By following this expert advice, you can make the transition to a residential long-term care community much easier on your loved one – and everyone else in your family! 

A Healthy Tradition of Care and Wellness

There are times when the challenges associated with advanced age, a prolonged illness or a chronic condition make 24-hour care and support a necessity. At Bryn Mawr Terrace, we’re always here for you and your family. Our compassionate professional team treats our residents as family and respects their importance as individuals with their own unique life story.

We understand that each one of our residents has unique needs and desires, so we deliver personalized care and services tailored to each individual. The amenities and activities offered within our community are designed to keep our residents happy, fulfilled and living well. From delicious dining to a variety of social programming, we offer a lifestyle that’s meant to be lived!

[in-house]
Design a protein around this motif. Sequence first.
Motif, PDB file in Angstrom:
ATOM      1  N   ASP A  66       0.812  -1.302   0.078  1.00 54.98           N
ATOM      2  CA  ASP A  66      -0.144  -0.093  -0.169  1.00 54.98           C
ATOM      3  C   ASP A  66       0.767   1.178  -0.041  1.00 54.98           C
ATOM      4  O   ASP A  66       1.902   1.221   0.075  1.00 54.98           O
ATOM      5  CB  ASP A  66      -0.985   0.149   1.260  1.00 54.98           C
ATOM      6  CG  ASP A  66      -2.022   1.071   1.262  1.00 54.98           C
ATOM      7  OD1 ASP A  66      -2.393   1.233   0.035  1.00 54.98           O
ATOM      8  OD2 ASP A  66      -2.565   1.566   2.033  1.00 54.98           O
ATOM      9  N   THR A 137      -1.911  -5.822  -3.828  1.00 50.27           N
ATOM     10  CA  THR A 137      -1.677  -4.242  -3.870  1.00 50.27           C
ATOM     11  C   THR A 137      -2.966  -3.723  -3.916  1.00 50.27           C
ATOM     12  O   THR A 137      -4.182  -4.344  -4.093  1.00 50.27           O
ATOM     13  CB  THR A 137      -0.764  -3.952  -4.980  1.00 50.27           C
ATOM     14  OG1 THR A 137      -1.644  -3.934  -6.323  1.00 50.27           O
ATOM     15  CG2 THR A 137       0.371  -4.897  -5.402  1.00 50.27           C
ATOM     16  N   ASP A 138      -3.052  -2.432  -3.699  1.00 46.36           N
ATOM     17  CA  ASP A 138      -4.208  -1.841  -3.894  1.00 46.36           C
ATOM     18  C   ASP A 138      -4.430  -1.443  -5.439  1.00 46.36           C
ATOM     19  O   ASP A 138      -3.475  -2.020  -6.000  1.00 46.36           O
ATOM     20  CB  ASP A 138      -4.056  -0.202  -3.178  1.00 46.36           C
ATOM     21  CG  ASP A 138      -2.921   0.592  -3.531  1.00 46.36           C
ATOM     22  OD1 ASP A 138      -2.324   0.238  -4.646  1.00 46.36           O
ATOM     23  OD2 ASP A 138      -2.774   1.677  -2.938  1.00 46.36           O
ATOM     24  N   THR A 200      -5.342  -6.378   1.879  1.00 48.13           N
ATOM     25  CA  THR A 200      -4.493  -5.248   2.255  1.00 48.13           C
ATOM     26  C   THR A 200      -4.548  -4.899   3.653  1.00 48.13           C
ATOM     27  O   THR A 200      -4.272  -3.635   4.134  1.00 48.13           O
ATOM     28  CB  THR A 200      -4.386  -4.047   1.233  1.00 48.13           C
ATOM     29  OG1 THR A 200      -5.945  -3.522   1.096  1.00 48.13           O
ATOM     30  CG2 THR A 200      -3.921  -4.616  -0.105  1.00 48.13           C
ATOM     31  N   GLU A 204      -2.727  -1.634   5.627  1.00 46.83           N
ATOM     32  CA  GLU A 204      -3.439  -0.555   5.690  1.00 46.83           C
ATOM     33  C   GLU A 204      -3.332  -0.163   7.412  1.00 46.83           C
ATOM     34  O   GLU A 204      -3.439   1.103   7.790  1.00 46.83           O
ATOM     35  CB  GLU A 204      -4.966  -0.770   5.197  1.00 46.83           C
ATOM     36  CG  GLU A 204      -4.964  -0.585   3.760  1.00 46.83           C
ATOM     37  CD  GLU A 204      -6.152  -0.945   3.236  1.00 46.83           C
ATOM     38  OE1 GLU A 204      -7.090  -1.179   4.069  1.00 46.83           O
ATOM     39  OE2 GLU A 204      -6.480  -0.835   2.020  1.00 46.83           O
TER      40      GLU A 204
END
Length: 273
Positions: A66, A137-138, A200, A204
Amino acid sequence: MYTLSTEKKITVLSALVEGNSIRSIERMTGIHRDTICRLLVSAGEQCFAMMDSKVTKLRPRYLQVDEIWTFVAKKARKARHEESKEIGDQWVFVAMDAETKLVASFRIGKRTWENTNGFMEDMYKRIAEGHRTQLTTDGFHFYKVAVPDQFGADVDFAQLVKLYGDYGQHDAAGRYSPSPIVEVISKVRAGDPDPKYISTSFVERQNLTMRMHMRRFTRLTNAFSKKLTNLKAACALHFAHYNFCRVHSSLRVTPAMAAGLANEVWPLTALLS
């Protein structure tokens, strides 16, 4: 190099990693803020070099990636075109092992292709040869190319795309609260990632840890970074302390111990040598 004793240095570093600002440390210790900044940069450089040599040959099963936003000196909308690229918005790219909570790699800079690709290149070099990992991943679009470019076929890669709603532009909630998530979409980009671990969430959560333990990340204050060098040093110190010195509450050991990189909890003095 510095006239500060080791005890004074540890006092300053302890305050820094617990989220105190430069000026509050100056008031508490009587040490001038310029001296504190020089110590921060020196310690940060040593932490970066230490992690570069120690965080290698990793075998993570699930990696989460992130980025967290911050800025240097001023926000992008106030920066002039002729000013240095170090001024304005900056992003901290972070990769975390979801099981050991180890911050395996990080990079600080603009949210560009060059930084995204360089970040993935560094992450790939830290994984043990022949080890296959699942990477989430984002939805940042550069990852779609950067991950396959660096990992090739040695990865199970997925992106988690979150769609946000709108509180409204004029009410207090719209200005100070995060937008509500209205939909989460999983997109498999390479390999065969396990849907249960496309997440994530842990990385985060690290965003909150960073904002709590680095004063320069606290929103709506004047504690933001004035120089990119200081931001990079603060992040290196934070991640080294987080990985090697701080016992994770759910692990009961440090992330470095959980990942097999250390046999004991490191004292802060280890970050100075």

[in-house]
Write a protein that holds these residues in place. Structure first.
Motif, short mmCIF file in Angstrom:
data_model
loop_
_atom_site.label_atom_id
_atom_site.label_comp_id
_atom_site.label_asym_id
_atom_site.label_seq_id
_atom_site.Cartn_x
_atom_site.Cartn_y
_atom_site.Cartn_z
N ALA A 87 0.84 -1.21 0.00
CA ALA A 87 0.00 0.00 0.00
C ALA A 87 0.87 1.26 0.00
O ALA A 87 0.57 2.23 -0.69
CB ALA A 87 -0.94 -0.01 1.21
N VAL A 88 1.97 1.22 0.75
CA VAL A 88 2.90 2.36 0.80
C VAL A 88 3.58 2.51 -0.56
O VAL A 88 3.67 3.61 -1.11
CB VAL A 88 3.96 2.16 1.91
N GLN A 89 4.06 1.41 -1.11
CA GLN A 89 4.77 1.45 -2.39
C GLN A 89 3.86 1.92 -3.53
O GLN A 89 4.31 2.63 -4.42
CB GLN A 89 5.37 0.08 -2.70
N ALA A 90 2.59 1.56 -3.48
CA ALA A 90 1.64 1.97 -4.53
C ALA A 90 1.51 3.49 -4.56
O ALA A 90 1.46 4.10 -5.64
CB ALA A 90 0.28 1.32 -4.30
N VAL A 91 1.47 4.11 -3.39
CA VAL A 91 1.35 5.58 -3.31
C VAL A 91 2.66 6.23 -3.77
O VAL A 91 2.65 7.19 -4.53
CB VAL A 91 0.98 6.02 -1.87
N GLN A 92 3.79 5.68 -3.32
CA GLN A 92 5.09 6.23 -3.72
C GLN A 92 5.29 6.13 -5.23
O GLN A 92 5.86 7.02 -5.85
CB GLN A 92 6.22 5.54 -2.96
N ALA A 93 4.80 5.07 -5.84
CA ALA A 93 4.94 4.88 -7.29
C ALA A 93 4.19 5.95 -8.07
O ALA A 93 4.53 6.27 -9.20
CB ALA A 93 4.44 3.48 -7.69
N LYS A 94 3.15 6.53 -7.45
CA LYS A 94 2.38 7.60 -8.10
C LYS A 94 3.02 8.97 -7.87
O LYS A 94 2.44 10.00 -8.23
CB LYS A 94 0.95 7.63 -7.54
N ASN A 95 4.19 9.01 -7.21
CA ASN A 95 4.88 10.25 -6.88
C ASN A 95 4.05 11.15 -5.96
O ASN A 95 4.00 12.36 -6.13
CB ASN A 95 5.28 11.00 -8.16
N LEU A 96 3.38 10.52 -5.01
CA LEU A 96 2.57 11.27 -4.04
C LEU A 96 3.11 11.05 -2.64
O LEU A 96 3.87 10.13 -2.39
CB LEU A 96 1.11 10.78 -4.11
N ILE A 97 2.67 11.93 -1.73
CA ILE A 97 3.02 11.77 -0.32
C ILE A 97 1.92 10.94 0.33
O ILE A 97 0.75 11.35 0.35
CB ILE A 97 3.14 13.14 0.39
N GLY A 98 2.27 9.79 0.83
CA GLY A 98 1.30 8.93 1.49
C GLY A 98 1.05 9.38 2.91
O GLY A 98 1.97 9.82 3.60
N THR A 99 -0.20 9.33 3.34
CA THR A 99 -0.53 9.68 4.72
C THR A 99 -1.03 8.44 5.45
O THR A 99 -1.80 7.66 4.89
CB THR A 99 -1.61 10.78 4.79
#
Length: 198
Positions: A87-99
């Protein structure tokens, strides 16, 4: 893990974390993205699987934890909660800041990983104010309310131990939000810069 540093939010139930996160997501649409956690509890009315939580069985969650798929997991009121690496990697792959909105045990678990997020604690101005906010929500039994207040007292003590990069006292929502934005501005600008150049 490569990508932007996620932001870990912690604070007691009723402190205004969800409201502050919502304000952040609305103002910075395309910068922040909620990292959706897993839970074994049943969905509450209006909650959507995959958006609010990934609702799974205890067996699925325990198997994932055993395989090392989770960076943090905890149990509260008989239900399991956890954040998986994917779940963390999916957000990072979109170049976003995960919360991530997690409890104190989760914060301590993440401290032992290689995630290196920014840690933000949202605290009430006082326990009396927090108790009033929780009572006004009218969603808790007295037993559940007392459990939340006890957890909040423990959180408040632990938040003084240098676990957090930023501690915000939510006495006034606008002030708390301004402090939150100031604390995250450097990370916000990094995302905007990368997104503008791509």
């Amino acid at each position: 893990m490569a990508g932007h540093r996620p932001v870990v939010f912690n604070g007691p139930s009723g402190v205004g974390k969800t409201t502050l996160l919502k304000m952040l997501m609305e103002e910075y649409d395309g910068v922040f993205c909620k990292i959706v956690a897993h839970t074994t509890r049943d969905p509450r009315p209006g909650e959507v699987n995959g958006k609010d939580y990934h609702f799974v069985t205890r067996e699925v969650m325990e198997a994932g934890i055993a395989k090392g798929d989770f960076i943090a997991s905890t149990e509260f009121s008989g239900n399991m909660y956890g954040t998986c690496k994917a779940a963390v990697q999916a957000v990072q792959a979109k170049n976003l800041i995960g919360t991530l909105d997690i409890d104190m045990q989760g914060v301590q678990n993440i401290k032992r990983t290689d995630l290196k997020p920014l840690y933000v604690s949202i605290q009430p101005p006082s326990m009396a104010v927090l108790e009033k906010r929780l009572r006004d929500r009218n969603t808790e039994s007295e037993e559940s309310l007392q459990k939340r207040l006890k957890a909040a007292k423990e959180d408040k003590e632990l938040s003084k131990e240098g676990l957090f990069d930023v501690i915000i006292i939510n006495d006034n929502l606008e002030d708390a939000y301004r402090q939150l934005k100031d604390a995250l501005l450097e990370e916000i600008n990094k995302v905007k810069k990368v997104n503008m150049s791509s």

Providing Top Rated Care

Located near Bryn Mawr Hospital, Bryn Mawr Terrace – part of Main Line Senior Care Alliance – has provided exceptional care and services to seniors and their families since 1966. It’s a tradition we’re proud to continue.

Today, Bryn Mawr Terrace serves as a continuing care retirement community, offering a range of services including short-term rehabilitation therapytraditional nursing careindependent living, personal carememory carerestorative care and respite care – all in a setting that is warm, welcoming and nurturing. For more information on Bryn Mawr Terrace and our variety of needs-based lifestyle services, please contact us at (610) 525-8300.

Disclaimer: This information should not be construed as Bryn Mawr Terrace or Main Line Senior Care Alliance offering legal advice. For legal advice, please consult your attorney.